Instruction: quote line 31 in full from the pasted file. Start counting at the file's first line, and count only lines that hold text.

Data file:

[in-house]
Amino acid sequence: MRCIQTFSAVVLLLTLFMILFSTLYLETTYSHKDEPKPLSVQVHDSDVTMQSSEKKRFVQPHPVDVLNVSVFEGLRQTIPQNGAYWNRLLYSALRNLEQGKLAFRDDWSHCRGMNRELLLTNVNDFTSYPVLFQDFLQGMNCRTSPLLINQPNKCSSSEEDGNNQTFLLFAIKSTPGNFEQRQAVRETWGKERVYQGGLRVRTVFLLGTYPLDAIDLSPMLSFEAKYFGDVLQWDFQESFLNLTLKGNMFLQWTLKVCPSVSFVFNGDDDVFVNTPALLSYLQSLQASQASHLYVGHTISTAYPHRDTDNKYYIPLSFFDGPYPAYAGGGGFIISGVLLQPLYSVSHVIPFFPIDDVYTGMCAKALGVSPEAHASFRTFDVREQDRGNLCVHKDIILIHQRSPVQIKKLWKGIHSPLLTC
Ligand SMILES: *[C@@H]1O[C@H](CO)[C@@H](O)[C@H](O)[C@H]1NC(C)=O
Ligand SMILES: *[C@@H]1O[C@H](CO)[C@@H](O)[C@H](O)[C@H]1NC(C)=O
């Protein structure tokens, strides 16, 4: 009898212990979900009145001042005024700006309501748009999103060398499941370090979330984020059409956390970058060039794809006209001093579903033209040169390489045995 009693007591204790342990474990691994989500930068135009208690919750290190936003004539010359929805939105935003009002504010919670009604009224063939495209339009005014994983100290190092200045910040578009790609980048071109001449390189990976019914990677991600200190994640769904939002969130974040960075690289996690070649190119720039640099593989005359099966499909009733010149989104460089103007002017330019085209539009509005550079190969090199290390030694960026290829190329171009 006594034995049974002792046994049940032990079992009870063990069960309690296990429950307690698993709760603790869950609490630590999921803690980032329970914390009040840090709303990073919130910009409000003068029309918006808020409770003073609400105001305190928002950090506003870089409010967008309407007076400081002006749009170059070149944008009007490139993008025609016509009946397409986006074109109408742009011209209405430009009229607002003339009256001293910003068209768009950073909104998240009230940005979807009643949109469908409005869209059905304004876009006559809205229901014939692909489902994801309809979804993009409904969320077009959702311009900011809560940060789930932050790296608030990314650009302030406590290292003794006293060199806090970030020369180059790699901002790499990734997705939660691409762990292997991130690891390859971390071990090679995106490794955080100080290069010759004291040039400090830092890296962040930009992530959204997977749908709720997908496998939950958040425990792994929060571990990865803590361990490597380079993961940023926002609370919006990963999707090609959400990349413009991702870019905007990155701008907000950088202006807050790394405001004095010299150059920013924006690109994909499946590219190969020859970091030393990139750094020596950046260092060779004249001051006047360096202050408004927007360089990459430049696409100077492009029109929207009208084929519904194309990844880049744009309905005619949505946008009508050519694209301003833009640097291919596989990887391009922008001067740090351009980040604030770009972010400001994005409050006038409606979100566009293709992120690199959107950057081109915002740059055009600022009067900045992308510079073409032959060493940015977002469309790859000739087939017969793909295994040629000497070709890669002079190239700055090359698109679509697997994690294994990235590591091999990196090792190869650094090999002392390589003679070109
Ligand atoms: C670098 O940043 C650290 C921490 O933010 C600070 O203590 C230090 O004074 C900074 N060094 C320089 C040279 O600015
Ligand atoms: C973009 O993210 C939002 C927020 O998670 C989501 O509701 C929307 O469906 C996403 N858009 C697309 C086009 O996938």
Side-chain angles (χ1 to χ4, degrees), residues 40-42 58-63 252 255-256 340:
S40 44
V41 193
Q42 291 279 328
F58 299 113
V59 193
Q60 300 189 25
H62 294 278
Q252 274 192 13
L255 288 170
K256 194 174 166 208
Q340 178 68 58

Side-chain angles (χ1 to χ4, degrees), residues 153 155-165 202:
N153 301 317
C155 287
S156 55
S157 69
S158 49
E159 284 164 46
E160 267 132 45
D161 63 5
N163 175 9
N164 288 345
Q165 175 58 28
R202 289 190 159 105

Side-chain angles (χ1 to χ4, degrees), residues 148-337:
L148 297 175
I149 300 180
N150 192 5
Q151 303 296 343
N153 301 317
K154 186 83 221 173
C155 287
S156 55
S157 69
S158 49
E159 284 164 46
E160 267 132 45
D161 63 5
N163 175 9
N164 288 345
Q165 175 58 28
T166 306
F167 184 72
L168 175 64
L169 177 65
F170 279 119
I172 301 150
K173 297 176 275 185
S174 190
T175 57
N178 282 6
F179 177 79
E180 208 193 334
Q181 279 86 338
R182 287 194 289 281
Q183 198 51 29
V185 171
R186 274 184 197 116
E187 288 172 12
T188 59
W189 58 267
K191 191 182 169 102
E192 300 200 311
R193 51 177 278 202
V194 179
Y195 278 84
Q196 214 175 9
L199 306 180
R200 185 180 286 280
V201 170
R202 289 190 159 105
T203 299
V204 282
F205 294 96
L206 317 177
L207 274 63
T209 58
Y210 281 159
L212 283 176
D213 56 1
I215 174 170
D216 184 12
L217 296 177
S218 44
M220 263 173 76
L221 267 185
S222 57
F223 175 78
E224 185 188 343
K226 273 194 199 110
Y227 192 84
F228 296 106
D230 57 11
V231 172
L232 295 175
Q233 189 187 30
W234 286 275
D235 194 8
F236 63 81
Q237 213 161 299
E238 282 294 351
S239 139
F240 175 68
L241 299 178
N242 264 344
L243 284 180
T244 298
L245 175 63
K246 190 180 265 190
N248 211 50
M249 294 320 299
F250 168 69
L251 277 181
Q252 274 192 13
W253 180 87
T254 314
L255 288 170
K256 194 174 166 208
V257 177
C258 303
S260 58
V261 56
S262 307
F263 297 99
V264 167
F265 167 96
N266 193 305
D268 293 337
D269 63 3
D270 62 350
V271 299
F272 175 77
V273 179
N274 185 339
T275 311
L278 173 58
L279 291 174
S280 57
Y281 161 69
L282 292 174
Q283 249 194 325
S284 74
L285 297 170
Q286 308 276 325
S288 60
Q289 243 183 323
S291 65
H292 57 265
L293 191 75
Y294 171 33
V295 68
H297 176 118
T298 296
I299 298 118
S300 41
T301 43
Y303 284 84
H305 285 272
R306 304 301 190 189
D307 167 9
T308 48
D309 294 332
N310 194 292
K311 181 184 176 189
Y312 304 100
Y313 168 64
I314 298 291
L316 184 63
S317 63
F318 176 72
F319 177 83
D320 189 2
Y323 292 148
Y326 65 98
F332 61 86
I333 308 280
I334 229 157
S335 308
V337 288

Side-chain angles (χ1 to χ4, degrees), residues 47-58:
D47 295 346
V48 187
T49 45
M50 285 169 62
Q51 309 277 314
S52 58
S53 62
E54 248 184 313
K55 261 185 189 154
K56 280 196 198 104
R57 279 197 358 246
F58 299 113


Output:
Q165 175 58 28